Money Market Funds The money market consists of short-term debt instruments, mostly Treasury bills. This is a safe place to park your money. You won't get great returns, but you won't have to worry about losing your principal. A typical return is twice the amount you would earn in a regular checking/savings account and a little less than the average certificate of deposit (CD).

Bond/Income Funds Income funds are named appropriately: their purpose is to provide current income on a steady basis. When referring to mutual funds, the terms "fixed-income," "bond," and "income" are synonymous. These terms denote funds that invest primarily in government and corporate debt. While fund holdings may appreciate in value, the primary objective of these funds is to provide a steady cash flow to investors. As such, the audience for these funds consists of conservative investors and retirees.

Investment banking
Investment banking (corporate finance) is the traditional aspect of investment banks which also involves helping customers raise funds in capital markets and giving advice on mergers and acquisitions (M&A). This may involve subscribing

investors to a security issuance, coordinating with bidders, or negotiating with a merger target. Another term for the investment banking division is corporate finance, and its advisory group is often termed mergers and acquisitions. A pitch book of financial information is generated to market the bank to a potential M&A client; if the pitch is successful, the bank arranges the deal for the client. The investment banking division (IBD) is generally divided into industry coverage and product coverage groups. Industry coverage groups focus on a specific industry, such as healthcare, industrials, or technology, and maintain relationships with corporations within the industry to bring in business for a bank. Product coverage groups focus on financial products, such as mergers and acquisitions, leveraged finance, project finance, asset finance and leasing, structured finance, restructuring, equity, and high-grade debt and generally work and collaborate with industry groups on the more intricate and specialized needs of a client. There are two main lines of business in investment banking. Trading securities for cash or for other securities (i.e., facilitating transactions, market-making), or the promotion of securities (i.e., underwriting, research, etc.) is the "sell side", while dealing with pension funds, mutual funds, hedge funds, and the investing public (who consume the products and services of the sell-side in order to maximize their return on investment) constitutes the "buy side". Many firms have buy and sell side components.

Core investment banking activities Front office

Stock Broking
Investment banking (corporate finance) is the traditional aspect of investment banks which also involves helping customers raise funds in capital markets and giving advice on mergers and acquisitions (M&A). This may involve subscribing investors to a security issuance, coordinating with bidders, or negotiating with a merger target. Another term for the investment banking division is corporate finance, and its advisory group is often termed mergers and acquisitions. A pitch book of financial information is generated to market the bank to a potential M&A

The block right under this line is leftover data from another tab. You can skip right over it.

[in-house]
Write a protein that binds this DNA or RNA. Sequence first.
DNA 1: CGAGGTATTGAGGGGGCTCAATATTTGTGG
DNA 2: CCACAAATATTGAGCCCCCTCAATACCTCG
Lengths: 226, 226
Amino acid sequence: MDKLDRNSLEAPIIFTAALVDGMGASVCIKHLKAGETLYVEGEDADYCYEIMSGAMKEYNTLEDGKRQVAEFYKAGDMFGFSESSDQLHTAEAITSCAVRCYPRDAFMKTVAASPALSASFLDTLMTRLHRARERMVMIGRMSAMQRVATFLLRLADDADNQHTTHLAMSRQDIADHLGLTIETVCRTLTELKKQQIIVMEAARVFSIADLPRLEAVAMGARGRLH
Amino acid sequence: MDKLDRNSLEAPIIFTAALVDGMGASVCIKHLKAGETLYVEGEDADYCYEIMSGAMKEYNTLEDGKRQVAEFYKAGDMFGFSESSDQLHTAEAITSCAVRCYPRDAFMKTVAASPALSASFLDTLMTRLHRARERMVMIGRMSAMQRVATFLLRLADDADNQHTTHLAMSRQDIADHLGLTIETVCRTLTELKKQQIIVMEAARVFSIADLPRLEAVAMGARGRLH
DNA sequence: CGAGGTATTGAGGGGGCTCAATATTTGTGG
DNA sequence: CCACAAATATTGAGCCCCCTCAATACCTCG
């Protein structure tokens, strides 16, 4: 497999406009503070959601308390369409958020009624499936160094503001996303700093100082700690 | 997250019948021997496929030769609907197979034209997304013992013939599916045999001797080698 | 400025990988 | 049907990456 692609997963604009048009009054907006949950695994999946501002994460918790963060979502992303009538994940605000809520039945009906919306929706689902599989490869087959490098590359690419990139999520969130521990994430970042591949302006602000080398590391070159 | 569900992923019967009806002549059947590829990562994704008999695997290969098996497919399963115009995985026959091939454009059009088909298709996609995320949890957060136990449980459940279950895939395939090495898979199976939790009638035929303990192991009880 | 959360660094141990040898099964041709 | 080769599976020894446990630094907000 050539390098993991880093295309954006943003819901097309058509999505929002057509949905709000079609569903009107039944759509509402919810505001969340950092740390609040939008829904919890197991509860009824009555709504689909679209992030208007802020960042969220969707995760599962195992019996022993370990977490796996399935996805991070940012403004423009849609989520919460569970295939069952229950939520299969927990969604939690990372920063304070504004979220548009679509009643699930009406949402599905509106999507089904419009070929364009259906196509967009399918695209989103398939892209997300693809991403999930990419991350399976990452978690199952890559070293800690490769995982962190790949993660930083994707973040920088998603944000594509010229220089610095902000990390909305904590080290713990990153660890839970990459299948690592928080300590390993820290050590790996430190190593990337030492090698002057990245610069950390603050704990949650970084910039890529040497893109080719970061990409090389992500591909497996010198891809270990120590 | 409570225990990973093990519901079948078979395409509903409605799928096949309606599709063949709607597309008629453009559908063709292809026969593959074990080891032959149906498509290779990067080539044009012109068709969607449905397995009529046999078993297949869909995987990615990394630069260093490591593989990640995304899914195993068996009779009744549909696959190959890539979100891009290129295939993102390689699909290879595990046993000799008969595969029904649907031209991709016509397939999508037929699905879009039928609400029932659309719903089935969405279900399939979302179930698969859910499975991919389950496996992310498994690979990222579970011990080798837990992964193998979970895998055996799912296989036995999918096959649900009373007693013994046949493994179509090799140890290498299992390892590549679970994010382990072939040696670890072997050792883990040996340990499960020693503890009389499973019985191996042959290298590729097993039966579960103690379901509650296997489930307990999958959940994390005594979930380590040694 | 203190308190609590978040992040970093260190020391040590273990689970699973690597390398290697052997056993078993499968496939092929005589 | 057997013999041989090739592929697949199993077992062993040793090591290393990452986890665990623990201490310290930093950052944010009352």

client; if the pitch is successful, the bank arranges the deal for the client. The investment banking division (IBD) is generally divided into industry coverage and product coverage groups. Industry coverage groups focus on a specific industry, such as healthcare, industrials, or technology, and maintain relationships with corporations within the industry to bring in business for a bank. Product coverage groups focus on financial products, such as mergers and acquisitions, leveraged finance, project finance, asset finance and leasing, structured finance, restructuring, equity, and high-grade debt and generally work and collaborate with industry groups on the more intricate and specialized needs of a client. Sales and trading On behalf of the bank and its clients, a large investment bank's primary function is buying and selling products. In market making, traders will buy and sell financial products with the goal of making money on each trade. Sales is the term for the investment bank's sales force, whose primary job is to call on institutional and high-net-worth investors to suggest trading ideas (on a caveat emptor basis) and take orders. Sales desks then communicate their clients' orders to the appropriate trading desks, which can price and execute trades, or structure new products that fit a specific need. Structuring has been a relatively recent activity as derivatives have come into play, with highly technical and numerate employees working on creating complex structured products which typically offer much greater margins and returns than underlying cash securities. In 2010, investment banks came under pressure as a result of selling complex derivatives contracts to local municipalities in Europe and the US. Strategists advise external as well as internal clients on the strategies that can be adopted in various markets. Ranging from derivatives to specific industries, strategists place companies and industries in a quantitative framework with full consideration of the macroeconomic scene. This strategy often affects the way the firm will operate in the market, the direction it would like to take in terms of its proprietary and flow positions, the suggestions salespersons give to clients, as well as the way structures create new products. Banks also undertake risk through proprietary trading, performed by a special set of traders who do not interface with clients and through "principal risk"risk undertaken by a trader after he buys or sells a product to a client and does not hedge his total exposure. Banks seek to maximize profitability for a given amount of risk on their balance sheet. The necessity for numerical ability in sales and trading has created